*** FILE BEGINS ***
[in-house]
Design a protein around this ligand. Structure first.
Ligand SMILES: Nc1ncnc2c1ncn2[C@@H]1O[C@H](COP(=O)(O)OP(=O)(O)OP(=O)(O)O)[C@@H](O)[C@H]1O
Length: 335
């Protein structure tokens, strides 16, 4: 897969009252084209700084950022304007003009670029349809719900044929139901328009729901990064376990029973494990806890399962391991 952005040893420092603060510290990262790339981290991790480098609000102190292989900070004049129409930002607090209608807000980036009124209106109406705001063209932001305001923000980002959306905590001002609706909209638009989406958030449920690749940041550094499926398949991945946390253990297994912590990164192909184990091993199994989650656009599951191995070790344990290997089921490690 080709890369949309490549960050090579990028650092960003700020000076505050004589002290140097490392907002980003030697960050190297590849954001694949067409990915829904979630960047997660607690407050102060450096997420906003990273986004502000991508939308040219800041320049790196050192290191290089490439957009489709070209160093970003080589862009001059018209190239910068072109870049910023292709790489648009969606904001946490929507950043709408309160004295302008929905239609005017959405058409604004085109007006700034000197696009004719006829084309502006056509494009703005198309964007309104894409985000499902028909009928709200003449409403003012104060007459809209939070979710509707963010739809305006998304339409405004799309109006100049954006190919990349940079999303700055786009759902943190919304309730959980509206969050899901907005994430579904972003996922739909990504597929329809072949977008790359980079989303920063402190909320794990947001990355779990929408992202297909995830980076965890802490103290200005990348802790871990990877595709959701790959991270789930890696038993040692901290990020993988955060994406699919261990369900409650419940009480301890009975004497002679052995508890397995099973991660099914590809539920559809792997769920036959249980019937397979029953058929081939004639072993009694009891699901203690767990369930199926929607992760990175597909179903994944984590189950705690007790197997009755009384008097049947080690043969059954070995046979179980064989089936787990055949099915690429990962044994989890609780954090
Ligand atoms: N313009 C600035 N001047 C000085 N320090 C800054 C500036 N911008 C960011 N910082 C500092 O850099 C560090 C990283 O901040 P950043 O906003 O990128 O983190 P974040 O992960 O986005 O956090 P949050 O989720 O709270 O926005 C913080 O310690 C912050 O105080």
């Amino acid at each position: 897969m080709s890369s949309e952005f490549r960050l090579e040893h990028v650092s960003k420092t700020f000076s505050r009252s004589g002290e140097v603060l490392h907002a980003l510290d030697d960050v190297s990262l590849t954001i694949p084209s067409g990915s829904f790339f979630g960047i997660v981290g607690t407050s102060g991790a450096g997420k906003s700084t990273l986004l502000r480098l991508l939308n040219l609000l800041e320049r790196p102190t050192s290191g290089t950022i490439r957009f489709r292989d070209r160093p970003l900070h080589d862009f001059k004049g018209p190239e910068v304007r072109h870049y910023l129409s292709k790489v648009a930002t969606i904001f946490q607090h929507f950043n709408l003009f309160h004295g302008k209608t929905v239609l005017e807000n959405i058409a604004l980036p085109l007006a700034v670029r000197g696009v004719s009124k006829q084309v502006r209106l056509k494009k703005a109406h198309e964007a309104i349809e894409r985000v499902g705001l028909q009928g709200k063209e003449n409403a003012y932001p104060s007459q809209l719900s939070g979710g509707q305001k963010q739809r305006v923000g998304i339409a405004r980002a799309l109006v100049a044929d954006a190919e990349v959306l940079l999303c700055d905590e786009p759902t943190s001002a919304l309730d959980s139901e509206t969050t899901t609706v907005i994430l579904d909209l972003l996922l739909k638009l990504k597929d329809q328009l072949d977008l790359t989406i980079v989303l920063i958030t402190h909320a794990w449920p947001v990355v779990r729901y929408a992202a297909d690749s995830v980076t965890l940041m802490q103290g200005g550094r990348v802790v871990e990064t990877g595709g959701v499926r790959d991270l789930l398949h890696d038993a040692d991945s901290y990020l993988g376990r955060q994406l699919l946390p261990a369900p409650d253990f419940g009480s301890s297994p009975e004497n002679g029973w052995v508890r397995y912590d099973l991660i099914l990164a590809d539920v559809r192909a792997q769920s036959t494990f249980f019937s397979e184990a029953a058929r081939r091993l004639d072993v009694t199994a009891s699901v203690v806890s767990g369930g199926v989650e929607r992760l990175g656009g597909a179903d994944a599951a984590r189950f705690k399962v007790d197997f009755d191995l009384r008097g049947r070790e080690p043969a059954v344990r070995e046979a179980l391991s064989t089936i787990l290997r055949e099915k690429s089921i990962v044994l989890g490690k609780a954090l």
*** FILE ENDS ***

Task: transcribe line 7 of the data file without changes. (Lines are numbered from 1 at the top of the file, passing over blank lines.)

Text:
């Amino acid at each position: 897969m080709s890369s949309e952005f490549r960050l090579e040893h990028v650092s960003k420092t700020f000076s505050r009252s004589g002290e140097v603060l490392h907002a980003l510290d030697d960050v190297s990262l590849t954001i694949p084209s067409g990915s829904f790339f979630g960047i997660v981290g607690t407050s102060g991790a450096g997420k906003s700084t990273l986004l502000r480098l991508l939308n040219l609000l800041e320049r790196p102190t050192s290191g290089t950022i490439r957009f489709r292989d070209r160093p970003l900070h080589d862009f001059k004049g018209p190239e910068v304007r072109h870049y910023l129409s292709k790489v648009a930002t969606i904001f946490q607090h929507f950043n709408l003009f309160h004295g302008k209608t929905v239609l005017e807000n959405i058409a604004l980036p085109l007006a700034v670029r000197g696009v004719s009124k006829q084309v502006r209106l056509k494009k703005a109406h198309e964007a309104i349809e894409r985000v499902g705001l028909q009928g709200k063209e003449n409403a003012y932001p104060s007459q809209l719900s939070g979710g509707q305001k963010q739809r305006v923000g998304i339409a405004r980002a799309l109006v100049a044929d954006a190919e990349v959306l940079l999303c700055d905590e786009p759902t943190s001002a919304l309730d959980s139901e509206t969050t899901t609706v907005i994430l579904d909209l972003l996922l739909k638009l990504k597929d329809q328009l072949d977008l790359t989406i980079v989303l920063i958030t402190h909320a794990w449920p947001v990355v779990r729901y929408a992202a297909d690749s995830v980076t965890l940041m802490q103290g200005g550094r990348v802790v871990e990064t990877g595709g959701v499926r790959d991270l789930l398949h890696d038993a040692d991945s901290y990020l993988g376990r955060q994406l699919l946390p261990a369900p409650d253990f419940g009480s301890s297994p009975e004497n002679g029973w052995v508890r397995y912590d099973l991660i099914l990164a590809d539920v559809r192909a792997q769920s036959t494990f249980f019937s397979e184990a029953a058929r081939r091993l004639d072993v009694t199994a009891s699901v203690v806890s767990g369930g199926v989650e929607r992760l990175g656009g597909a179903d994944a599951a984590r189950f705690k399962v007790d197997f009755d191995l009384r008097g049947r070790e080690p043969a059954v344990r070995e046979a179980l391991s064989t089936i787990l290997r055949e099915k690429s089921i990962v044994l989890g490690k609780a954090l």